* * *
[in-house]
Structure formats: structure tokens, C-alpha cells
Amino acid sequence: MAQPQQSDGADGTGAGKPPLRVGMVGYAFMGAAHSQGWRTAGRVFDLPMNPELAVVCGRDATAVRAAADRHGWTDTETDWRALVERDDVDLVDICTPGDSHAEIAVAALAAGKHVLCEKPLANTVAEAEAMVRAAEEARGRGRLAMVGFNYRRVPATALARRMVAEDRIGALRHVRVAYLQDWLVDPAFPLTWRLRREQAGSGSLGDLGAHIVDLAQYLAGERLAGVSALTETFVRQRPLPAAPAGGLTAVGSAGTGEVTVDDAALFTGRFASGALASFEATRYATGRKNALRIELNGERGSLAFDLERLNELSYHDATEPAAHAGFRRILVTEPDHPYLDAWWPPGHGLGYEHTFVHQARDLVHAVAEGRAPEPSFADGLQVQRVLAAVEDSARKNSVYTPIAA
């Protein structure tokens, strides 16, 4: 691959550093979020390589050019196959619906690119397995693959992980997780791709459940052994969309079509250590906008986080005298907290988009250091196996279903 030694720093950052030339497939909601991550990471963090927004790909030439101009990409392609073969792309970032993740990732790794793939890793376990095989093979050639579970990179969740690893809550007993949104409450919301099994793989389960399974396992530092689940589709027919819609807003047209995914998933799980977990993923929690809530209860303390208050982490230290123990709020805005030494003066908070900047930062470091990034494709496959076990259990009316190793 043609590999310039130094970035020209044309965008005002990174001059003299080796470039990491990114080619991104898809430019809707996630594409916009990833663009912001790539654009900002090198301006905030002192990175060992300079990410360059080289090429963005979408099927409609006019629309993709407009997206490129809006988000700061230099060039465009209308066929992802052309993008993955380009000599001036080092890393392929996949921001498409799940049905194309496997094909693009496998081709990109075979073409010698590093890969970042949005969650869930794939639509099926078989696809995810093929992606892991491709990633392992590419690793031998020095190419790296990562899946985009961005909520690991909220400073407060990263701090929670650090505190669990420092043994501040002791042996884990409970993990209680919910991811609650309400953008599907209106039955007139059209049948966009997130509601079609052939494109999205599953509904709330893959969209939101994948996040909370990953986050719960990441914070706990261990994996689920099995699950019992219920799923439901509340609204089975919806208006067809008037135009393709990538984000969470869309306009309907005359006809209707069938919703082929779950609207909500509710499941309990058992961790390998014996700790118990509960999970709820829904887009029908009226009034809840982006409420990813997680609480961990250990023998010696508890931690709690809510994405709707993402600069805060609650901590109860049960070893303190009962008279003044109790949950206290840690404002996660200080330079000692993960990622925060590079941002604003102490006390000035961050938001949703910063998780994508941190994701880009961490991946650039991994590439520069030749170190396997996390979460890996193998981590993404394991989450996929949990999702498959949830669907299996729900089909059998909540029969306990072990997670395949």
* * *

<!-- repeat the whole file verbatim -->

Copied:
[in-house]
Structure formats: structure tokens, C-alpha cells
Amino acid sequence: MAQPQQSDGADGTGAGKPPLRVGMVGYAFMGAAHSQGWRTAGRVFDLPMNPELAVVCGRDATAVRAAADRHGWTDTETDWRALVERDDVDLVDICTPGDSHAEIAVAALAAGKHVLCEKPLANTVAEAEAMVRAAEEARGRGRLAMVGFNYRRVPATALARRMVAEDRIGALRHVRVAYLQDWLVDPAFPLTWRLRREQAGSGSLGDLGAHIVDLAQYLAGERLAGVSALTETFVRQRPLPAAPAGGLTAVGSAGTGEVTVDDAALFTGRFASGALASFEATRYATGRKNALRIELNGERGSLAFDLERLNELSYHDATEPAAHAGFRRILVTEPDHPYLDAWWPPGHGLGYEHTFVHQARDLVHAVAEGRAPEPSFADGLQVQRVLAAVEDSARKNSVYTPIAA
């Protein structure tokens, strides 16, 4: 691959550093979020390589050019196959619906690119397995693959992980997780791709459940052994969309079509250590906008986080005298907290988009250091196996279903 030694720093950052030339497939909601991550990471963090927004790909030439101009990409392609073969792309970032993740990732790794793939890793376990095989093979050639579970990179969740690893809550007993949104409450919301099994793989389960399974396992530092689940589709027919819609807003047209995914998933799980977990993923929690809530209860303390208050982490230290123990709020805005030494003066908070900047930062470091990034494709496959076990259990009316190793 043609590999310039130094970035020209044309965008005002990174001059003299080796470039990491990114080619991104898809430019809707996630594409916009990833663009912001790539654009900002090198301006905030002192990175060992300079990410360059080289090429963005979408099927409609006019629309993709407009997206490129809006988000700061230099060039465009209308066929992802052309993008993955380009000599001036080092890393392929996949921001498409799940049905194309496997094909693009496998081709990109075979073409010698590093890969970042949005969650869930794939639509099926078989696809995810093929992606892991491709990633392992590419690793031998020095190419790296990562899946985009961005909520690991909220400073407060990263701090929670650090505190669990420092043994501040002791042996884990409970993990209680919910991811609650309400953008599907209106039955007139059209049948966009997130509601079609052939494109999205599953509904709330893959969209939101994948996040909370990953986050719960990441914070706990261990994996689920099995699950019992219920799923439901509340609204089975919806208006067809008037135009393709990538984000969470869309306009309907005359006809209707069938919703082929779950609207909500509710499941309990058992961790390998014996700790118990509960999970709820829904887009029908009226009034809840982006409420990813997680609480961990250990023998010696508890931690709690809510994405709707993402600069805060609650901590109860049960070893303190009962008279003044109790949950206290840690404002996660200080330079000692993960990622925060590079941002604003102490006390000035961050938001949703910063998780994508941190994701880009961490991946650039991994590439520069030749170190396997996390979460890996193998981590993404394991989450996929949990999702498959949830669907299996729900089909059998909540029969306990072990997670395949």